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Twitter Post  Sparks a Thoughtful Dialogue

Twitter
Twitter

I have written hundreds of posts on this blog over the past couple of years, but seldom have I received the amount of feedback generated from my post on Twitter last Friday; and seldom has the dialogue been this thoughtful, this effective, this informative and reasoned.

Even those who disagreed with me offered up some really good counterpoints which I certainly take to heart.

Some of the posts are at the bottom of my blog page, and they were excellent.

But dozens more came in via email on Friday, through the weekend and even through this morning, and I want to highlight some of them.

  • Slideshow: 10 Biggest Tech Blunders in the Last 25 Years
  • This, to me, is a shining example of what the web offers that no other communication platform can.

    To wit:

    From Linda Way: "Amen. I haven't even bothered to check out Twitter. I just don't see the point.. Technology has stolen our lives, and we spend all of our time with machines rather than people… Nothing; your job, your blog, your emails, your success will ever mean to you what your time with your loved ones will. I applaud you for not being a Twitter."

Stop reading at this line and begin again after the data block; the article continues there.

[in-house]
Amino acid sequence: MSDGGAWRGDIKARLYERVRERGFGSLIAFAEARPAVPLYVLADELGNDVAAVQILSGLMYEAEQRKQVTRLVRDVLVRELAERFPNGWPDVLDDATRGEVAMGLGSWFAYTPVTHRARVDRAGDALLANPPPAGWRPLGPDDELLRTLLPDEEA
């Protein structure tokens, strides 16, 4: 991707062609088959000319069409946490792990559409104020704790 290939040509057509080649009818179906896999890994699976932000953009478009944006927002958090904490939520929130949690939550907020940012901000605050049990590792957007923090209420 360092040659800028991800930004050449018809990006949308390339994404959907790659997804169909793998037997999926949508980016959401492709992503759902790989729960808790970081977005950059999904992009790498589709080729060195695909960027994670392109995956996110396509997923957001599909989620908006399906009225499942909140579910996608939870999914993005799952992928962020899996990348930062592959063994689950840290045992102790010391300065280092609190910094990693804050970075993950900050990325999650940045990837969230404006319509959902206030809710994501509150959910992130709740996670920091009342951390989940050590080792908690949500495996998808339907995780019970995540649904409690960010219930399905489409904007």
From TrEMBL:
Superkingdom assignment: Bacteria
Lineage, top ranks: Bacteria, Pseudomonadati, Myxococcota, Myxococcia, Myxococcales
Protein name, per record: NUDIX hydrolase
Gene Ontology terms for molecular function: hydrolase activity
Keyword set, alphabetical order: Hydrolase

Carl Wohlforth: "I'm with you on Twitter. I posts links to my meager writing, but that is all it seems good for."

    Larry Newman: "Ditto."

    From John Kirwan: "My sentiments exactly. I don't get Twitter at all. Who cares if you're drinking a beer, eating a burger and watching football. Go spend some time with your kids and family instead of telling somebody about trivial things in your life. Thanks for great reporting on Tech side of the markets. I watch pretty much all day and have CNBC Plus because the news ya'll provide great." (I know, that last part didn't have anything to do with Twitter, but how could I resist not putting THAT in?)

    "Rudeoat" writes: Only the true blue narcissistic fools among us will be there, tweeting 'till the bitter end. Us regular fools? We all eventually pack it in…A billion dollars? Beyond greed or reality. Totally insanity. I knew I liked you… and here's a pat on the back for quitting while you were ahead."

    JT offers, "Hey, I liked the article you wrote. On Twitter. That was very well written! I really like your spots on CNBC also. It is no wonder you did not like Twitter. You write meticulously. Very well and cover all the points. I just wanted you to know all this."